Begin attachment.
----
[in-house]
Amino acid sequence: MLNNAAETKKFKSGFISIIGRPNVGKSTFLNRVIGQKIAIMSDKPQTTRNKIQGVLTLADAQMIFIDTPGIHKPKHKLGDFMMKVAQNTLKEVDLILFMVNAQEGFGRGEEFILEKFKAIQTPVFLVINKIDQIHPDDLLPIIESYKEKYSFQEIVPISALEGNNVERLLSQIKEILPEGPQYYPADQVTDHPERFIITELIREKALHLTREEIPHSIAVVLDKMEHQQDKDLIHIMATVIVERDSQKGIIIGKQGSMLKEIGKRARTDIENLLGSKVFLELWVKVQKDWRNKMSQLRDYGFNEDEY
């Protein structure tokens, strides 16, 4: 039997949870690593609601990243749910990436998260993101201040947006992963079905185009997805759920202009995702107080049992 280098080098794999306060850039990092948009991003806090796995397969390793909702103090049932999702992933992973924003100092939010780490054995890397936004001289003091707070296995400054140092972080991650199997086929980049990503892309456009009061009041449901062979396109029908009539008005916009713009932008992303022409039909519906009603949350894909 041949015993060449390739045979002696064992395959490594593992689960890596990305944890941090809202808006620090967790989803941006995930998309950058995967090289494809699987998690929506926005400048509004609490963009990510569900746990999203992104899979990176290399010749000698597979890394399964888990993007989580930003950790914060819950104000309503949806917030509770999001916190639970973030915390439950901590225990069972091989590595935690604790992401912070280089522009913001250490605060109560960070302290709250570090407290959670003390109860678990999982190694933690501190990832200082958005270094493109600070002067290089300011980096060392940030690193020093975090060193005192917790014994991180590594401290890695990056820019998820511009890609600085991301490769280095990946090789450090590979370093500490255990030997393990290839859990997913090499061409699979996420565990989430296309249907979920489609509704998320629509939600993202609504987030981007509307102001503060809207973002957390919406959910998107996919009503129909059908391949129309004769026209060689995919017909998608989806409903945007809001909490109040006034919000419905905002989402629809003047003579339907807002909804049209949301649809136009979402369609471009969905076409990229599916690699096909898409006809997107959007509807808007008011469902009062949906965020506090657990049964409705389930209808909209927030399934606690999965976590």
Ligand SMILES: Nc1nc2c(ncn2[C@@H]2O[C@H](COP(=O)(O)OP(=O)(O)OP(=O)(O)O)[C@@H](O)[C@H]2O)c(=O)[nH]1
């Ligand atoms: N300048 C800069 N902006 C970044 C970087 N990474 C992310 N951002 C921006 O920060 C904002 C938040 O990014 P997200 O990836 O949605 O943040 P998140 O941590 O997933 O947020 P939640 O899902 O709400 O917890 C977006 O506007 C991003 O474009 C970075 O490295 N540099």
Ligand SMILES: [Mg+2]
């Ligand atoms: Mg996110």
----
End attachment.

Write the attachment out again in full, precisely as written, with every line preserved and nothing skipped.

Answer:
[in-house]
Amino acid sequence: MLNNAAETKKFKSGFISIIGRPNVGKSTFLNRVIGQKIAIMSDKPQTTRNKIQGVLTLADAQMIFIDTPGIHKPKHKLGDFMMKVAQNTLKEVDLILFMVNAQEGFGRGEEFILEKFKAIQTPVFLVINKIDQIHPDDLLPIIESYKEKYSFQEIVPISALEGNNVERLLSQIKEILPEGPQYYPADQVTDHPERFIITELIREKALHLTREEIPHSIAVVLDKMEHQQDKDLIHIMATVIVERDSQKGIIIGKQGSMLKEIGKRARTDIENLLGSKVFLELWVKVQKDWRNKMSQLRDYGFNEDEY
């Protein structure tokens, strides 16, 4: 039997949870690593609601990243749910990436998260993101201040947006992963079905185009997805759920202009995702107080049992 280098080098794999306060850039990092948009991003806090796995397969390793909702103090049932999702992933992973924003100092939010780490054995890397936004001289003091707070296995400054140092972080991650199997086929980049990503892309456009009061009041449901062979396109029908009539008005916009713009932008992303022409039909519906009603949350894909 041949015993060449390739045979002696064992395959490594593992689960890596990305944890941090809202808006620090967790989803941006995930998309950058995967090289494809699987998690929506926005400048509004609490963009990510569900746990999203992104899979990176290399010749000698597979890394399964888990993007989580930003950790914060819950104000309503949806917030509770999001916190639970973030915390439950901590225990069972091989590595935690604790992401912070280089522009913001250490605060109560960070302290709250570090407290959670003390109860678990999982190694933690501190990832200082958005270094493109600070002067290089300011980096060392940030690193020093975090060193005192917790014994991180590594401290890695990056820019998820511009890609600085991301490769280095990946090789450090590979370093500490255990030997393990290839859990997913090499061409699979996420565990989430296309249907979920489609509704998320629509939600993202609504987030981007509307102001503060809207973002957390919406959910998107996919009503129909059908391949129309004769026209060689995919017909998608989806409903945007809001909490109040006034919000419905905002989402629809003047003579339907807002909804049209949301649809136009979402369609471009969905076409990229599916690699096909898409006809997107959007509807808007008011469902009062949906965020506090657990049964409705389930209808909209927030399934606690999965976590």
Ligand SMILES: Nc1nc2c(ncn2[C@@H]2O[C@H](COP(=O)(O)OP(=O)(O)OP(=O)(O)O)[C@@H](O)[C@H]2O)c(=O)[nH]1
């Ligand atoms: N300048 C800069 N902006 C970044 C970087 N990474 C992310 N951002 C921006 O920060 C904002 C938040 O990014 P997200 O990836 O949605 O943040 P998140 O941590 O997933 O947020 P939640 O899902 O709400 O917890 C977006 O506007 C991003 O474009 C970075 O490295 N540099």
Ligand SMILES: [Mg+2]
């Ligand atoms: Mg996110």